Is Childcare Affordable in Singapore?
Historically, the most affordable childcare system comes from Sparta. They just left the toddler out for the night, and if he didn’t get eaten by wolves, he was probably prepared for anything. But that won’t cut it here. Surviving wolf attacks is way easier than preparing for the PSLE. Hence, our expensive childcare schools. But can everyone afford them?
How Much DOES Childcare Cost?
The cost of childcare’s about as predictable as a drunk Bingo caller. Depending where you go, prices range from $300 a month to well over $2,000.
NTUC’s childcare center, My First Skool, has fees of around $600 to $680. Registration cost is about $86. But George Washington Preschool* charges about $2,000 a month ($5,750 per quarter), with a registration fee of $2,000. There are diploma courses cheaper than that.
So why the price difference?
Because childcares centres have wildly varying methods. Some believe sunshine and a Lego brick to chew on is enough. Others believe you need computers, toddler gyms, and more equipment than that engineering bay in Star Trek.
Which isn’t to say it’s a scam. Most childcares can provide statistical proof that their methods work. It’s up to you to decide if (1) you believe it, and (2) the price is justified.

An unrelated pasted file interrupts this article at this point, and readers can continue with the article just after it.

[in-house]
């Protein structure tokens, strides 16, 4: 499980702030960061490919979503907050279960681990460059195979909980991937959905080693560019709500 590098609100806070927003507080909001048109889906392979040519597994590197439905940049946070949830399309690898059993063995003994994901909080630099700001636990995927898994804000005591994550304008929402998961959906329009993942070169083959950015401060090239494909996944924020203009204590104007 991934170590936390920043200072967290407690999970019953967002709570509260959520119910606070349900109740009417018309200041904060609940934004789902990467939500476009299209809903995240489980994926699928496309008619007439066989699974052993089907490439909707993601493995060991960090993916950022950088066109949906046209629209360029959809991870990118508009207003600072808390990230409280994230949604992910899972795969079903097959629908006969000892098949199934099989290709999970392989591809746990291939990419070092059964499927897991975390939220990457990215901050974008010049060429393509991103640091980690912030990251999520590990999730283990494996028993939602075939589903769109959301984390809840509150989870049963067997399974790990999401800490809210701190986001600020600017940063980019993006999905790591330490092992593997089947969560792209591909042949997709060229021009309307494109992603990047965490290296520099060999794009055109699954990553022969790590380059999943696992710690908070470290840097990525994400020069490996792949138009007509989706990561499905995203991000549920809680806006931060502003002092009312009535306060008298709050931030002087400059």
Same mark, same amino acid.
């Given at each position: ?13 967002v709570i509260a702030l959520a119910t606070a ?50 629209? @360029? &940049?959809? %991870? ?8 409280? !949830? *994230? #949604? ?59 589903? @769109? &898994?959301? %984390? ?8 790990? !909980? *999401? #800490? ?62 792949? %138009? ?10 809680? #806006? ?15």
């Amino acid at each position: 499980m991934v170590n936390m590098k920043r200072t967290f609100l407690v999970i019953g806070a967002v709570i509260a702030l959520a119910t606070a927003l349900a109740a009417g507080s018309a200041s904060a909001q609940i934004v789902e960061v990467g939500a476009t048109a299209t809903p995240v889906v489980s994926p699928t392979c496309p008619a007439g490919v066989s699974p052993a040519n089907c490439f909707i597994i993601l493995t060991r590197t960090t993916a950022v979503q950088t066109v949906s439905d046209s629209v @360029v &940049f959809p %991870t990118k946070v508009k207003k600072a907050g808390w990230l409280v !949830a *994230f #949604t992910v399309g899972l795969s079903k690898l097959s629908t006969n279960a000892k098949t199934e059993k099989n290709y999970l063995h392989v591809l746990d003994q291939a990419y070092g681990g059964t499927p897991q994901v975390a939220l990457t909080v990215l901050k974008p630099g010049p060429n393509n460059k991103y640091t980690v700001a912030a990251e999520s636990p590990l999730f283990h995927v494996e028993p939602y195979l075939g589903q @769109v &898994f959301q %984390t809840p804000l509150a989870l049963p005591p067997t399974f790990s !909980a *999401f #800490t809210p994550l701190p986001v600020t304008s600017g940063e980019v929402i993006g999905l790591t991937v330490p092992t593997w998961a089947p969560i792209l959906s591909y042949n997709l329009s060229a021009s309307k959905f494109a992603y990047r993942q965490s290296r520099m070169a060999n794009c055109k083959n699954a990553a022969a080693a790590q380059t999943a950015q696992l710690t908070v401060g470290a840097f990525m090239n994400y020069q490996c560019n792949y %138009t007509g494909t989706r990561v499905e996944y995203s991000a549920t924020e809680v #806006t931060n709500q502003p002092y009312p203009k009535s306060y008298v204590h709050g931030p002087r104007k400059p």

And according to early childhood educator Jane (not her real name), childcare can be affordable, if you stick with the following:
- You aren’t into specialized methodologies
- You qualify for government subsidies
- You lay off the expensive enrichment options
*Technically, preschool and childcare are not the same. Preschool suggests an educational angle, whereas a childcare simply looks after your child. But in Singapore, most childcare centres can be assumed to include basic educational topics.
1. You Aren’t into Specialized Methodologies
I asked Jane if cheaper childcares are more limited, in terms of education:
“Whatever the price, most childcare centres are capable of providing the same basic lessons. Children learn the letters of the alphabet, numbers, how to sound out words… it’s enough as preparation for Primary school.
More expensive childcares also teach the same things, maybe with some extra subjects like music. But the methodology is where the difference in pricing comes in.”
Methodology = How the lessons are delivered.
The Regio Emilia approach, for example, lets the child control the syllabus: If your tot starts pointing at a butterfly, the teacher has to spin an informative lesson about it. On the spot. Or there’s the Montessori method, where children have a hands-on approach and blocks of “uninterrupted work time”.
Which, uh, sounds like a sports shoe factory in China.
“The uninterrupted work time is time for a child to freely explore a subject that fascinates them.”
I knew that.
Anyway, when you see a big price difference, you may be paying more for those different methodologies*. If you believe your child needs them, go ahead. But if you go with less exotic approaches, which may be just as good, childcare can be more affordable.